Weitere Namen
Ladislav Loewenstein (Geburtsname) László Loewenstein (Weiterer Name)
Cast, Director, Screenplay
Rosenberg (Ružomberok), Slowakei Hollywood, Kalifornien, USA

Biography

Ladislav Loewenstein was born June 26, 1904, in Rószahegy in the Carpathian Mountains, Hungary, as the son of a merchant. In 1908, his mother died, and his father remarried. Ladislav attended a German private school in Braila and, after his family relocated to Mölding near Vienna, a Viennese secondary school. After his graduation he started an apprenticeship at a bank upon his father's wish but soon provoked his dismissal. After a time full of privation, he joined Jacob Moreno's impromptu theatre. The improvisational method of the later founder of the "psycho drama" fundamentally influenced Ladislav's manner of expression. He also devoted himself to psychoanalysis, his lifelong hobby.

Moreno gave him his stage name Peter Lorre before he became a cast member of Leo Mittler's Lobe-Theater and Thalia Theater in Breslau in 1924. In 1925/26, Lorre performed at Zürich's Schauspielhaus, from 1926 to 1927, he played at Kammerspiele Vienna, and in 1928, he went to Vienna's Carl-Theater. In the spring of 1929, Bert Brecht gave him the role of Fabian in his production of Fleißer's "Pioniere in Ingolstadt" ("Pioneers in Ingolstadt") at Berlin's Theater am Schiffbauerdamm. Subsequently, Lorre performed at Schiffbauerdamm and at Volksbühne, for instance, as St. Just in "Dantons Tod" ("Danton's Death") and as Moritz Stiefel in "Frühlingserwachen" ("Spring Awakening", 1929).

A few months after his controversial performance as Galy Gay in "Mann ist Mann" ("A Man's A Man") in February 1931, at Staatstheater, directed by Bert Brecht who also filmed the production, Lorre became a film star with his debut on the movie screen as the child murderer Beckert in Fritz Lang's sound film "M". However, Lorre stayed at the theatre and, for instance, performed at Kabarett der Komiker in 1932. Furthermore, he played smaller, often comedic roles in films like "Die Koffer des Herrn O.F." ("The Thirteen Trunks of Mr. O.F.")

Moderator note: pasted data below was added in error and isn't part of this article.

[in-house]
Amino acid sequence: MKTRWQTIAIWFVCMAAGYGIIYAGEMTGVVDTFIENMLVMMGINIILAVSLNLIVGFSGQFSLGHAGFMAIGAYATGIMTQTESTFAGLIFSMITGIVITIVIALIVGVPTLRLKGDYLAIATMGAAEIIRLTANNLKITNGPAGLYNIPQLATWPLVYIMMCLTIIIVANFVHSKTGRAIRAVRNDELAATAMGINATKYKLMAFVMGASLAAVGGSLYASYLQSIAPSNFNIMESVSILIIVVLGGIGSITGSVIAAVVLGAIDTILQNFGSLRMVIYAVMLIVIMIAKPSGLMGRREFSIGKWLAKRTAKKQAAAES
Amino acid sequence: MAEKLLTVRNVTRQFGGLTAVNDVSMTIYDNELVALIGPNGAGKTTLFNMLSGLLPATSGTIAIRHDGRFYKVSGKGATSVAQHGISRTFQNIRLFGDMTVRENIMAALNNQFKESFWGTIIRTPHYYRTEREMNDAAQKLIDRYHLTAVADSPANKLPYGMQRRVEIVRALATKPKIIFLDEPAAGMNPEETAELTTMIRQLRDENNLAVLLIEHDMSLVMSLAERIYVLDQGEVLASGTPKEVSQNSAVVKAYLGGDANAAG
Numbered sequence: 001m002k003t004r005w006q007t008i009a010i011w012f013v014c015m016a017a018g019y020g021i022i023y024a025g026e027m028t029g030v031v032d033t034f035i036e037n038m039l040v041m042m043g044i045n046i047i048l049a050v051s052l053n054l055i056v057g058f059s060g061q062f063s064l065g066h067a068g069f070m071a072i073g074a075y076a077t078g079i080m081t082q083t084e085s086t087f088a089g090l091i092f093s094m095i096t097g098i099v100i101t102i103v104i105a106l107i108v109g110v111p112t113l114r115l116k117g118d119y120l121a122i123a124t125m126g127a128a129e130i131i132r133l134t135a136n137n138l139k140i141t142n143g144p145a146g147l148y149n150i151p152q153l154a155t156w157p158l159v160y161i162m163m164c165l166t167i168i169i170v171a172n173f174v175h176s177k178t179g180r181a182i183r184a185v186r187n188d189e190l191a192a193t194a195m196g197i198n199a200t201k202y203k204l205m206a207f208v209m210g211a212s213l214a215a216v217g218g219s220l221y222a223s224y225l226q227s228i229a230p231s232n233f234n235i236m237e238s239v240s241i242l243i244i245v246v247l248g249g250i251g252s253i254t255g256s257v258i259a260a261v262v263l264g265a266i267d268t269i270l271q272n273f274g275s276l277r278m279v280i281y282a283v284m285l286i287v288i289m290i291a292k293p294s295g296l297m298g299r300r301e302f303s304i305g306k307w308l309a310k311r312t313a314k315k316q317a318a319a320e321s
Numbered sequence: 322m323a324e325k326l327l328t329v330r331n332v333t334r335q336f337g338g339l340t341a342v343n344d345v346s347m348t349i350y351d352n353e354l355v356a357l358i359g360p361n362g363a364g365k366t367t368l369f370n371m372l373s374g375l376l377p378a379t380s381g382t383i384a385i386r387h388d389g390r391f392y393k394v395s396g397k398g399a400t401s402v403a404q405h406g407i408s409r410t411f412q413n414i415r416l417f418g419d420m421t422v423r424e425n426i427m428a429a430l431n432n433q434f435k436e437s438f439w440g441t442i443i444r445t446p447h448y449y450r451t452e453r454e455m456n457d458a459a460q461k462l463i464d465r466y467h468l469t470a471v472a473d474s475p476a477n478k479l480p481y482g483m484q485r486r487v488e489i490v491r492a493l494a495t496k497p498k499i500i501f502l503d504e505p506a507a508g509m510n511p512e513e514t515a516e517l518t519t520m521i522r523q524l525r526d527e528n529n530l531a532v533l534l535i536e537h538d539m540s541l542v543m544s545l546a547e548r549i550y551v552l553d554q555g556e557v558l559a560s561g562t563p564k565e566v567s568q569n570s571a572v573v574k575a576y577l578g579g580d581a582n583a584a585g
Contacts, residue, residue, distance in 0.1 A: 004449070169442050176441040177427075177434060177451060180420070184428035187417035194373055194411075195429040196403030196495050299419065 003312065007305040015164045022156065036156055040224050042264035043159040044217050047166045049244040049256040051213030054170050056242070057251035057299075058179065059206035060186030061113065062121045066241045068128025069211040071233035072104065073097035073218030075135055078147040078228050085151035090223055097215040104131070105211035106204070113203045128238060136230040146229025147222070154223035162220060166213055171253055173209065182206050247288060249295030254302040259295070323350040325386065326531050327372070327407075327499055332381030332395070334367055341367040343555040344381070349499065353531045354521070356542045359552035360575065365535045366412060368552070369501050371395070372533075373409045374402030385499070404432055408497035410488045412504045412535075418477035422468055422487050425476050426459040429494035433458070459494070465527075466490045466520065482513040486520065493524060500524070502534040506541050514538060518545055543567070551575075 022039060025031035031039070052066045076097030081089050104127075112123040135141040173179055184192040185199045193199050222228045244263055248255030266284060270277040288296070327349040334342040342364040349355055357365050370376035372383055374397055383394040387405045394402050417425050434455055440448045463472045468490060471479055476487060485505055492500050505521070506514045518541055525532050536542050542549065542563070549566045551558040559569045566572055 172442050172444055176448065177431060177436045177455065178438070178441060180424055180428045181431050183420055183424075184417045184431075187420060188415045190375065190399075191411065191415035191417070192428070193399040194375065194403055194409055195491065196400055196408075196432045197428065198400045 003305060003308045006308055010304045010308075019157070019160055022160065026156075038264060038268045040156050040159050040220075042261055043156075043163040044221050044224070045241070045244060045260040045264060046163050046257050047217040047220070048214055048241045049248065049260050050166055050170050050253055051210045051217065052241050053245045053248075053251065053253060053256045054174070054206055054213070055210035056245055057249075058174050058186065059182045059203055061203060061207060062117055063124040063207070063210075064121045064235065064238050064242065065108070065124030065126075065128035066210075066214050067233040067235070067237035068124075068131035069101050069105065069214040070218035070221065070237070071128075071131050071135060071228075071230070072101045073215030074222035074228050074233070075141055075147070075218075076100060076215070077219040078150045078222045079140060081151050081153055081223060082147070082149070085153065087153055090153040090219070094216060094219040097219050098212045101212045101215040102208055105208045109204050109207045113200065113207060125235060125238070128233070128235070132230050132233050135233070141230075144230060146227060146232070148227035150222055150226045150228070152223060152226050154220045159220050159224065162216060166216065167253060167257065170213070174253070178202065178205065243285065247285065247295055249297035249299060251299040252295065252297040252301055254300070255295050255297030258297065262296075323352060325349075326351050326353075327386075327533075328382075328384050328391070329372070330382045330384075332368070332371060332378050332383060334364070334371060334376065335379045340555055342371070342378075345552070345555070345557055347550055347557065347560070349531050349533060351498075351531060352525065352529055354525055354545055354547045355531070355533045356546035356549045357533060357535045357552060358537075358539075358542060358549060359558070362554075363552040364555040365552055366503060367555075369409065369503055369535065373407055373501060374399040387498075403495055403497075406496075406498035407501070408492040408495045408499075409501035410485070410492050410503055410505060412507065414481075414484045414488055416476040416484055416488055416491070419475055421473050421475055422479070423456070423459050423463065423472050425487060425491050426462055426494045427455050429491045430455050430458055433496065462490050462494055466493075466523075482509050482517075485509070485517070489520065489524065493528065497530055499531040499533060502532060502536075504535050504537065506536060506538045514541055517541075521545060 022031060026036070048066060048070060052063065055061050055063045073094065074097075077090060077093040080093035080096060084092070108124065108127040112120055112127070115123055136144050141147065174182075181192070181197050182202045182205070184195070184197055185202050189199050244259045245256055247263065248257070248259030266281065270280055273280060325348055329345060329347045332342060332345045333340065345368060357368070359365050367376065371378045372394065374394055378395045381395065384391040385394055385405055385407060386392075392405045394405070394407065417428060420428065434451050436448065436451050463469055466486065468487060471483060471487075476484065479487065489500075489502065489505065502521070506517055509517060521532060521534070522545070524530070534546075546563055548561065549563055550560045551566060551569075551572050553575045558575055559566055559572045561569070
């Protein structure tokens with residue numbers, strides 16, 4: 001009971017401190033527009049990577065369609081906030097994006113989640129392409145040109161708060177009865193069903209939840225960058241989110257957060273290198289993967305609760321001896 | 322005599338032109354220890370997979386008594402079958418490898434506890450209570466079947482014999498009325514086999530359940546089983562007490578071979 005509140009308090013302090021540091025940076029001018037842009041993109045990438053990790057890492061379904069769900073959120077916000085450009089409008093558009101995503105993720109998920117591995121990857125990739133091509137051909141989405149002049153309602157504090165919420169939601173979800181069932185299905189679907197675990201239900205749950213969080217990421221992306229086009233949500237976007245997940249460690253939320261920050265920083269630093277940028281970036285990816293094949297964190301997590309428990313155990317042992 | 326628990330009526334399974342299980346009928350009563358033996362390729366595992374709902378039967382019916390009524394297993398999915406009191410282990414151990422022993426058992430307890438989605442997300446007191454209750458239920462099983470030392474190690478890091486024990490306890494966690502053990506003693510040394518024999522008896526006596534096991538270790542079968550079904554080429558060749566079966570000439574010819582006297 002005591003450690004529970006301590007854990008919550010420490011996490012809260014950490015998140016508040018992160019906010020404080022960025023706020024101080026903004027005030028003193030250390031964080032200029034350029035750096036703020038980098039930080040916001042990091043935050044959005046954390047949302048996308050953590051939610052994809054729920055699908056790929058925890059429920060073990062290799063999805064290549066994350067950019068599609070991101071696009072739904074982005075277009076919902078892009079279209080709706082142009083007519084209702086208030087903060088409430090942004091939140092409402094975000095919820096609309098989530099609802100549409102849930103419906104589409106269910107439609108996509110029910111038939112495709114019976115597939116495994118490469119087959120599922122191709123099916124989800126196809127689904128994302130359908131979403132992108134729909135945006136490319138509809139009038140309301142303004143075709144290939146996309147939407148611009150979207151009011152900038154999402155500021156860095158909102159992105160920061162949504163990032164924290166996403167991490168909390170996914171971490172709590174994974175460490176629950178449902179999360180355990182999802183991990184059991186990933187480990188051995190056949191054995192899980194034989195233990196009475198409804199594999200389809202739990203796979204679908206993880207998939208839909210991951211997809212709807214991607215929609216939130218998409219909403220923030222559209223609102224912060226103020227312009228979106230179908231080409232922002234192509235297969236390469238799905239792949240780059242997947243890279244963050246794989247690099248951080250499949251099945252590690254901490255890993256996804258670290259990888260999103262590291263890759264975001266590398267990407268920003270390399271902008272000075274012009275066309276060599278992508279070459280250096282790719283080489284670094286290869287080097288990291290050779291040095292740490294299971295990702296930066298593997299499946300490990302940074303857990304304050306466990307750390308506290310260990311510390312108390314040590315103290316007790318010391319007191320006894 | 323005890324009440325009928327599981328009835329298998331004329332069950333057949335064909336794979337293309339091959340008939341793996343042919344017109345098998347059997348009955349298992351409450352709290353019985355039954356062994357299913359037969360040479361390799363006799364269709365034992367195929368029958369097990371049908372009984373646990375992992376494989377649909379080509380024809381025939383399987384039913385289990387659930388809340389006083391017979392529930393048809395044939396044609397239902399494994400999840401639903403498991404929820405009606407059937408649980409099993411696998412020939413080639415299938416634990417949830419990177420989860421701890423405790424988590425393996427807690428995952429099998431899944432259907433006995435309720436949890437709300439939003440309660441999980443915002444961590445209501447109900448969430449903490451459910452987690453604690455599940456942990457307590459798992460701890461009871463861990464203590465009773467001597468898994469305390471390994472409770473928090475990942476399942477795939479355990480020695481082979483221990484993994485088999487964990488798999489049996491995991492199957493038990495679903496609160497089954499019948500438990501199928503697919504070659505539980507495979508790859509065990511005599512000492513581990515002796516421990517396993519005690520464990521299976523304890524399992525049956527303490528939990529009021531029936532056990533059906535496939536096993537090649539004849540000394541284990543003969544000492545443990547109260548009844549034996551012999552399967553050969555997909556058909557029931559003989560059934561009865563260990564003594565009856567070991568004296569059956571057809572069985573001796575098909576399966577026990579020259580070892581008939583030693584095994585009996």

On March 4, 1933, the Jew Lorre left Germany and at first went to Vienna, then to Paris where he starred in the film "Du haut en bas". In 1934, he went to England to star in the Hitchcock movie "The Man Who Knew Too Much". During the shooting of the film, he married the actress Cäcilie Lvovsky who later named herself Celia Lovsky.

In July 1934, he went to Hollywood with a contract from Columbia. Lent to M-G-M for his first US film "Mad Love", Lorre made a memorable performance as the bald-headed "mad scientist" Dr. Gogol: "It was to Lorre alone we owed the goodness, the tenderness of the vicious man. Those marble pupils in the pasty spherical head are like the eye-pieces of a microscope through which you can watch the tangled mind laid flat on the slide: love and lust, hatred of itself and despair jumping out at you from the jelly." (Greene, 1936).

In 1936, Lorre went to Century Fox because he had been restrictd to the image of a murderer and horror star in his following films. But at Century Fox, he had to play another fixed role – much to his chagrin – in the series of "Mr. Moto" films. When his contract ended in 1939, he worked for four years without any obligations to a studio but still did not receive any role offers that went beyond his image.